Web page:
Strategy may well be a disposition rather than a doctrine for practitioners. Strategy is a way of thinking about issues in the future tense that goes to the success or failure of an enterprise. From this disposition, certain positions follow, views of change and innovation key among them, along with a deep sense of situational awareness.
Strategy, while essential, is not everybody’s idea of a good time. In a world clamorous with so many other demands on their attention, it is challenging for practitioners. Helpful as the various schools of strategy have been, successful practitioners are not intellectually hostage to any one school, consulting reality before embracing any of them.
On the other hand, the strong hand, for practitioners there are intelligent arguments on the debate for the superior strategy and on the other hand, the shaky hand, it is hard to know who is right when little guidance is provided on which models and tools to use. Management theorists who seek the Holy Grail of the Great Single Solution to the problems of business are disappointed. Successful practitioners understand how each of the various strategies advanced works individually, as well as how they might be combined for best effect.
Behind closed doors, senior leaders embrace a number of approaches and tools to reach a decision as to what their strategy should look like and what they should avoid informed by their own on the ground experience. Choosing a strategy to meet the specific demands of their competitive environment in mature, nascent, growth, and declining industries is a major effort. Ultimately, strategy is a way of thinking, not the mindless application of models and tools.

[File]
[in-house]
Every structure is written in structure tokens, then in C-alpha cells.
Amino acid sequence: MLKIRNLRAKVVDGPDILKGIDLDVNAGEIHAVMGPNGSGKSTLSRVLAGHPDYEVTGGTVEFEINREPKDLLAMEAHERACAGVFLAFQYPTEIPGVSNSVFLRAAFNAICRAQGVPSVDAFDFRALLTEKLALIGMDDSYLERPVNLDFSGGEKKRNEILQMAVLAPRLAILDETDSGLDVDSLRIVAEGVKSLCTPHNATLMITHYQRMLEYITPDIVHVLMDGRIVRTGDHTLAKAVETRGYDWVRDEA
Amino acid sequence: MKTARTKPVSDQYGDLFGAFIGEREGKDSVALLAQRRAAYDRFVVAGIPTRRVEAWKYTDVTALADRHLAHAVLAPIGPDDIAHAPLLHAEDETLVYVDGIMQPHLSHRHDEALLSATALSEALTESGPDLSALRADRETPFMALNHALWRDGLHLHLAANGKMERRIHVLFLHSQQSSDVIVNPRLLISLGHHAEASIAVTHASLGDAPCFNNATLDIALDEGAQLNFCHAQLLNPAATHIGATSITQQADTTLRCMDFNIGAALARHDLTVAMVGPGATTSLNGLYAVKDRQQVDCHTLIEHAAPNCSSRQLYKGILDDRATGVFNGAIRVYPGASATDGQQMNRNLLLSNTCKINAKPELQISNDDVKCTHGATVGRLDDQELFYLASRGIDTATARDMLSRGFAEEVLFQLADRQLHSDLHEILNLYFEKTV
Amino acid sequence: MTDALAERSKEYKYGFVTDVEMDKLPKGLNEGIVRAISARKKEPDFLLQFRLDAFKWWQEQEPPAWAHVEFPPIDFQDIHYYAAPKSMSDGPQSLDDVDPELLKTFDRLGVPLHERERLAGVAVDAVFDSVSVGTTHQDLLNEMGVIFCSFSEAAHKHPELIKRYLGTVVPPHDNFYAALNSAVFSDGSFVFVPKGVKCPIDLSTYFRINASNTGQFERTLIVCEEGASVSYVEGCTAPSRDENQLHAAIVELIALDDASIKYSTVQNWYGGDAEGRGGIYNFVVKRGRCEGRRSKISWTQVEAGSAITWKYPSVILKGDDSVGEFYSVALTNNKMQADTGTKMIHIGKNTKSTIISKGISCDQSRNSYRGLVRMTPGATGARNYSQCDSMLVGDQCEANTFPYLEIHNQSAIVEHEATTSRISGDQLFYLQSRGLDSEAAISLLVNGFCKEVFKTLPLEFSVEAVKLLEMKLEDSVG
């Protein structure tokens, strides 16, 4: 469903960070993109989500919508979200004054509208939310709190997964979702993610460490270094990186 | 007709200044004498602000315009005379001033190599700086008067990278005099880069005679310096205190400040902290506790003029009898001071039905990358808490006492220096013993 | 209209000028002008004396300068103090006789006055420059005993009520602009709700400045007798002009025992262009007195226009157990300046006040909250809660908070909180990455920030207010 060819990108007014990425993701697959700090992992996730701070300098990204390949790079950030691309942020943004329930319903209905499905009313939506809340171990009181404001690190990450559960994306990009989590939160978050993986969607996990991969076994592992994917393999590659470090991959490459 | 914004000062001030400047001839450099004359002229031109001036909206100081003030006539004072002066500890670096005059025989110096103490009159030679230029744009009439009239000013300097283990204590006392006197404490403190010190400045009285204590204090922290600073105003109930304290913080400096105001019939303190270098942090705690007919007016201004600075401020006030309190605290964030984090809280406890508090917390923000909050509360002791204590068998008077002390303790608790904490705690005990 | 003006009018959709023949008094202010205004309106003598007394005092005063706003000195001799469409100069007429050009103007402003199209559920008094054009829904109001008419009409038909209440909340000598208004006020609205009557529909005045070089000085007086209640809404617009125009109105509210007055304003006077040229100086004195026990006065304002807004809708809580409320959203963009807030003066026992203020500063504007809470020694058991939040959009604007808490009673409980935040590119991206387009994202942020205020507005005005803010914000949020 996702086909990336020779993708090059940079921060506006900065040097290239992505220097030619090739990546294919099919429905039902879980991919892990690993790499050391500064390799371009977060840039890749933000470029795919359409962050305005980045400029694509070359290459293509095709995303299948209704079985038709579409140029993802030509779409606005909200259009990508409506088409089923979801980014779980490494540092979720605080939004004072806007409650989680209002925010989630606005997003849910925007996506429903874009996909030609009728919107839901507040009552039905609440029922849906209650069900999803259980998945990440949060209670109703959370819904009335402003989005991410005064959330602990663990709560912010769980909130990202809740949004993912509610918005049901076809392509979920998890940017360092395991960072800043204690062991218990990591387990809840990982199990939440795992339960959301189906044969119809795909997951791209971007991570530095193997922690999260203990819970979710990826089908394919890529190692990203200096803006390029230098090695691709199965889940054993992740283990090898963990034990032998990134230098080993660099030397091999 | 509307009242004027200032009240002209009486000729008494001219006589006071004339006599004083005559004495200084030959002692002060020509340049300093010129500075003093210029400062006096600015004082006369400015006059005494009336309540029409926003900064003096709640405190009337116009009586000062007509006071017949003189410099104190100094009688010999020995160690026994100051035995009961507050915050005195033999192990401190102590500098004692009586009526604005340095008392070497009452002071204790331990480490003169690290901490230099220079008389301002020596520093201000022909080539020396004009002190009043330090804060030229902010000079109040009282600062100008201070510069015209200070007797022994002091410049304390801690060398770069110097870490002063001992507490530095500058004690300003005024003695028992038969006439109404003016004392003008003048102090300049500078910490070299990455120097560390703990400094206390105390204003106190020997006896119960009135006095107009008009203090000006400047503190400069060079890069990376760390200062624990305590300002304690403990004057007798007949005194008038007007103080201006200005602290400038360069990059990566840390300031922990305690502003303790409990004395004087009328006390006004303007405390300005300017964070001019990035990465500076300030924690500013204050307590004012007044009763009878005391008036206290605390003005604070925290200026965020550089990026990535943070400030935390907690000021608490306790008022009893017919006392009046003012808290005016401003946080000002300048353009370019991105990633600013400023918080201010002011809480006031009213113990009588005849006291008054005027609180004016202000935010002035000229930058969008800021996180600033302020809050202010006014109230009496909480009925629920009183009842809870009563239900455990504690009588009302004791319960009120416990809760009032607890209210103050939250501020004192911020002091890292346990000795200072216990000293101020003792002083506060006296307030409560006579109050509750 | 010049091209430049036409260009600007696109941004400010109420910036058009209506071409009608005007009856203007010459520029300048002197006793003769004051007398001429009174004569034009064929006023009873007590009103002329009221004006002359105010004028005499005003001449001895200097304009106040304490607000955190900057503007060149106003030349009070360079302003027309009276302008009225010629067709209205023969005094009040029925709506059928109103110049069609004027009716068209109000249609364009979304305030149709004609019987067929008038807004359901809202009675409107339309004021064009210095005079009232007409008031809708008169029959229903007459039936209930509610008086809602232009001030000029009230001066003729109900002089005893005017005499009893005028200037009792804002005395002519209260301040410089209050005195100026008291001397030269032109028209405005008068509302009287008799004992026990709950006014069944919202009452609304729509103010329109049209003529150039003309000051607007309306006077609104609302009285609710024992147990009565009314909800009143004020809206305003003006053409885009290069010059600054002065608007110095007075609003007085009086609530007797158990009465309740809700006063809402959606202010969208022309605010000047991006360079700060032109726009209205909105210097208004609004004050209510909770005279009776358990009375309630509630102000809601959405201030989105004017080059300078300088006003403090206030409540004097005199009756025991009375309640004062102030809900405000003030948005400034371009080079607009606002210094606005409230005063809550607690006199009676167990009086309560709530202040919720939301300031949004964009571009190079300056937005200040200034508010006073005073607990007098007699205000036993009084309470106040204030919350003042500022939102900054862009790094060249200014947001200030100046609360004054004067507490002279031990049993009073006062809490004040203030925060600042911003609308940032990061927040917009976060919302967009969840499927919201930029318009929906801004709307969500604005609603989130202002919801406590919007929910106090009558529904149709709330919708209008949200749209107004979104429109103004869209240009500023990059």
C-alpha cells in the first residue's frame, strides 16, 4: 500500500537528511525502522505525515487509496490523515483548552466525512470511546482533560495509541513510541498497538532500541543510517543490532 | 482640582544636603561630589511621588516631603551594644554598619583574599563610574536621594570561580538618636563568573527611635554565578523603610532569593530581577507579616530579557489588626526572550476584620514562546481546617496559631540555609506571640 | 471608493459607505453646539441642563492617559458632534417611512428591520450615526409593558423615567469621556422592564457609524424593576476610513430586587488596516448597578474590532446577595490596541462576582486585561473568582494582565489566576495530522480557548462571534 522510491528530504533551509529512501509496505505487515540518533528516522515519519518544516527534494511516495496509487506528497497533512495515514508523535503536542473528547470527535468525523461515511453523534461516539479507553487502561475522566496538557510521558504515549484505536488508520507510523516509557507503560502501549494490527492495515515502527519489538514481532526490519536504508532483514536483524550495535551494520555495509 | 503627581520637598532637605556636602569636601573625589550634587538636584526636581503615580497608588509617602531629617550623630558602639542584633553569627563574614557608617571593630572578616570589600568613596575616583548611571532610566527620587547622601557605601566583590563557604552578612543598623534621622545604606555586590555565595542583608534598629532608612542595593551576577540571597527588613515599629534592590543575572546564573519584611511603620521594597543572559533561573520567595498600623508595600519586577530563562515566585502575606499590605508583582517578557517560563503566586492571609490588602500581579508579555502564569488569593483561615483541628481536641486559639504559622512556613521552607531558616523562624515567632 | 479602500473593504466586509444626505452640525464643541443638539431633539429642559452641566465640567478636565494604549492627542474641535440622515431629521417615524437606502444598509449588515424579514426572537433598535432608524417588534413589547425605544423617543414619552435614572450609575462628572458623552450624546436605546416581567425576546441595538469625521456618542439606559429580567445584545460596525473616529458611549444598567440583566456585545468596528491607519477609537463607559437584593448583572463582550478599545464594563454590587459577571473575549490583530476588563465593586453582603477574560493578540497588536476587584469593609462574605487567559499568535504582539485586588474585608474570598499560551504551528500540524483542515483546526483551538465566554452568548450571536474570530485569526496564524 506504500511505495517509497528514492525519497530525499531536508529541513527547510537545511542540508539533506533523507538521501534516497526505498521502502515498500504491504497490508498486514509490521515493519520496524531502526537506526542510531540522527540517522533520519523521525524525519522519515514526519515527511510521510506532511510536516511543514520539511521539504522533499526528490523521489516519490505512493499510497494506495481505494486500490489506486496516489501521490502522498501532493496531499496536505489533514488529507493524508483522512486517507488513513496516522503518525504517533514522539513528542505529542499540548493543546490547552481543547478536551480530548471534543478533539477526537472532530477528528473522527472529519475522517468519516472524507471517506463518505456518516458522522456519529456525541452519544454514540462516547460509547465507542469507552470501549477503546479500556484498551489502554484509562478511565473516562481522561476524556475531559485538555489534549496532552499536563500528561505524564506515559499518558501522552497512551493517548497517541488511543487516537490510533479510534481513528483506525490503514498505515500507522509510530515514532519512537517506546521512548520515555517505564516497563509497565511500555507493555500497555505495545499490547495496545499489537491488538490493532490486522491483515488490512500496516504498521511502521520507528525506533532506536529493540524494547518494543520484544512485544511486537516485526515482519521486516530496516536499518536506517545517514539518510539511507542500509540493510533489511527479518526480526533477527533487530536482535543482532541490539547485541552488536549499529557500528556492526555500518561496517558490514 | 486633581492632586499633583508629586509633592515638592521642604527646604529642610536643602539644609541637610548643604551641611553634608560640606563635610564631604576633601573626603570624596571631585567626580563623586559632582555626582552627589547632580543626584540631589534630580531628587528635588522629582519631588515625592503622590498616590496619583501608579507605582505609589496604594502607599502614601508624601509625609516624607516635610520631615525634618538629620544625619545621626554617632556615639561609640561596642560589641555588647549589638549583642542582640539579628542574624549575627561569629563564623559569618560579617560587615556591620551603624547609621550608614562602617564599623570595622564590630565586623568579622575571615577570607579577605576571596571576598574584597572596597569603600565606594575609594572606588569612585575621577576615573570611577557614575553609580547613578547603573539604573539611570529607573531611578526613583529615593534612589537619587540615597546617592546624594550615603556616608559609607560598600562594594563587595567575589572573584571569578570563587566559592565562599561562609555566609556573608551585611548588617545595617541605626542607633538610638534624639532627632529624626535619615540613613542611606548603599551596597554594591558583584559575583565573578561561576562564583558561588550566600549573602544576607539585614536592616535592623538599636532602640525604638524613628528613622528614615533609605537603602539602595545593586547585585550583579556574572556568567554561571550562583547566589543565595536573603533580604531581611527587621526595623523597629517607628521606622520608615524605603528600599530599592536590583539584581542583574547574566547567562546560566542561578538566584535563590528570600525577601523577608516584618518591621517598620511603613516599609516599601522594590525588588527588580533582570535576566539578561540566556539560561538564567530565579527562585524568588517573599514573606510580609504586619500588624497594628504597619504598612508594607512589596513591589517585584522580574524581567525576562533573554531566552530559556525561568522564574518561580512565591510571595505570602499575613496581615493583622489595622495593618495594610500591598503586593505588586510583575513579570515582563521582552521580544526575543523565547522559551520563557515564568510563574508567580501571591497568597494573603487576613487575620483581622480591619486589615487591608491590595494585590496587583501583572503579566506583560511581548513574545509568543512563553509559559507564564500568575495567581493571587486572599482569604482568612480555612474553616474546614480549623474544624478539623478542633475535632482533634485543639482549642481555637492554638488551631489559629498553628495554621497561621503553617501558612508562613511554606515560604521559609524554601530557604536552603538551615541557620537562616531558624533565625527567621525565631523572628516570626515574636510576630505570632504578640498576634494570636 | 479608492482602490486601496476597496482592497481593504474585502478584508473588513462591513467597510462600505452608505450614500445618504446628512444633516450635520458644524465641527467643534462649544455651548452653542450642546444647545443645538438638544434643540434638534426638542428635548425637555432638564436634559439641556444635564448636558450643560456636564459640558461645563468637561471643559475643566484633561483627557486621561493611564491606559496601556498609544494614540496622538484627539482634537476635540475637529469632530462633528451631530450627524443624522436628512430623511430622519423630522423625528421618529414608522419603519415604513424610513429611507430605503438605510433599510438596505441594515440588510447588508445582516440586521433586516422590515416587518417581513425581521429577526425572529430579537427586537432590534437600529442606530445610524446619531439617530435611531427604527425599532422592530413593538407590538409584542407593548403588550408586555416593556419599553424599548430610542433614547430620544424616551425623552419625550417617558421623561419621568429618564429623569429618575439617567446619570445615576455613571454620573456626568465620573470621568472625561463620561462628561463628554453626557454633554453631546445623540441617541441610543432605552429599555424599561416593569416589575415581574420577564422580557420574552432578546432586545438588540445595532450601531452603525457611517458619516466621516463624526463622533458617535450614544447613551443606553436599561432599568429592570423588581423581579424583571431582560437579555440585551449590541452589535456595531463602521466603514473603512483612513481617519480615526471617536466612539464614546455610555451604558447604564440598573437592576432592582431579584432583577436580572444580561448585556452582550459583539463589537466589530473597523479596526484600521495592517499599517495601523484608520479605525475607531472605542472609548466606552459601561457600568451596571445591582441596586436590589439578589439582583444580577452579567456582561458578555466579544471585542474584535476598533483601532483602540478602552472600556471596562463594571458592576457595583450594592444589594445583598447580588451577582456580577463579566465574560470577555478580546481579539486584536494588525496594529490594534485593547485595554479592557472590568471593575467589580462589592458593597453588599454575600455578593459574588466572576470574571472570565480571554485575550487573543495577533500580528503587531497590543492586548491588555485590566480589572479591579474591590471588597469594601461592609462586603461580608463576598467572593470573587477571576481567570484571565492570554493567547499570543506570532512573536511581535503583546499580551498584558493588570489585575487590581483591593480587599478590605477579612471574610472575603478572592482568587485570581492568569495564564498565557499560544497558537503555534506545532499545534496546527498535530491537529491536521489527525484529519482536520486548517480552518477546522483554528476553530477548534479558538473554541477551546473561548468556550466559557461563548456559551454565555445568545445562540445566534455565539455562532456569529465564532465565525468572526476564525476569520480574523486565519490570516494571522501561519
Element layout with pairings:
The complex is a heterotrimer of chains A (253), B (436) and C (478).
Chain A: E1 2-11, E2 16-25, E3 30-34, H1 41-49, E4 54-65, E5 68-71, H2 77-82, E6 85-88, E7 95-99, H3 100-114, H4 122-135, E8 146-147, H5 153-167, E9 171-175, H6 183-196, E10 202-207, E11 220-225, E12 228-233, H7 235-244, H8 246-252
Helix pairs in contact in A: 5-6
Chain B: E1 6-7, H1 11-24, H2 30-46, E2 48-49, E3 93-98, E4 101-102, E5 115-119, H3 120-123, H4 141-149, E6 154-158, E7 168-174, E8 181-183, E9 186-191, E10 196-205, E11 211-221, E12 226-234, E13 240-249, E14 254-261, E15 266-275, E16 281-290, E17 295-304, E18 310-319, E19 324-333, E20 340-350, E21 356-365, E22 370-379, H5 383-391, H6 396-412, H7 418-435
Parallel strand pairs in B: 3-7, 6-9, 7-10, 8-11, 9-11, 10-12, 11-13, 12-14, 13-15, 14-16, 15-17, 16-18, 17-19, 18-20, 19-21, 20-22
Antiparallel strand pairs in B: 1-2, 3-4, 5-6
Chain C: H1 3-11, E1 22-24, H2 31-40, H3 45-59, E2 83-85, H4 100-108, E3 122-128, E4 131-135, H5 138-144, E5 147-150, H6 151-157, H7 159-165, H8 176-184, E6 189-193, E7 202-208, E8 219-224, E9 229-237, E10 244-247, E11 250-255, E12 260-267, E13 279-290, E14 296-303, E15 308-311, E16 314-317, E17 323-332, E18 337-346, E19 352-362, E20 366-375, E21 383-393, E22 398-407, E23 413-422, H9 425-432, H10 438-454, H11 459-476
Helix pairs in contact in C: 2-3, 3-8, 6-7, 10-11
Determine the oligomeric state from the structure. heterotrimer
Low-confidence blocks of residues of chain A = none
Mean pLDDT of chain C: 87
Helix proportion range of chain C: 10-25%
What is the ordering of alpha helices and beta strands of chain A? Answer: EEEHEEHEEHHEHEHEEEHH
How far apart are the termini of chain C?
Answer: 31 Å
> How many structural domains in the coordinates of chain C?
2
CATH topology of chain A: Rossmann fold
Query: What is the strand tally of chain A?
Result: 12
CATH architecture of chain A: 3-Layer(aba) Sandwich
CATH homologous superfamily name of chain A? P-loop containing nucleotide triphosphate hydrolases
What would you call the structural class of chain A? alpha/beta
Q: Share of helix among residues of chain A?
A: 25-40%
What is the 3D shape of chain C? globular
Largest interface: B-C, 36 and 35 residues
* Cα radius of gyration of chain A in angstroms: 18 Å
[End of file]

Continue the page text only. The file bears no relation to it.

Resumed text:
However, how and when to use the various tools and their limits is still an outstanding issue. How to use business strategies is settled only in the minds of the practitioners who know how to apply the art and blend the various schools. Should the firm in a mature industry pursue an innovation strategy trying to create new markets? Should it seek to dominate existing markets, or perhaps use a hybrid strategy?
Also, strategy can be a strange and frustrating subject matter for students who frequently feel as though they are lost in a whiteout, paralyzed with boredom. Many students are none too enthusiastic to study strategy.
Part of the problem is that students are generally unprepared to receive knowledge that is not immediately useful or exciting, that won’t free them from the financial wars and close the book on their debts. For many students taking the required course in strategy, time seems to pass more slowly than in a laundromat.
Strategy requires students to have well-stocked minds, which means having knowledge of cross-functional disciplines and acquiring a more than nodding acquaintance with history—in short, to be educated. That means having knowledge of literature, history, and philosophy. Sadly, historical consciousness is no longer in currency, let alone in vogue.
Students need to think in interdisciplinary terms, invariably that means finding dazzling connections, for as historian Edith Hamilton put it: to see anything in relation to other things is to see it simplified”. Instead they struggle with trying to integrate and coordinate various functional areas. Reference to context is de rigueur when discussing and analyzing a particular case or scenario.
Students get caught sometimes between warring disciplines such as finance, accounting, marketing, and other functional subjects. This is especially difficult in an academic environment with the pressure to specialize and many students living exclusively in the present. Students who go into the real world and attempt to practice strategy will quickly gain a healthy respect for the myriad challenges it poses.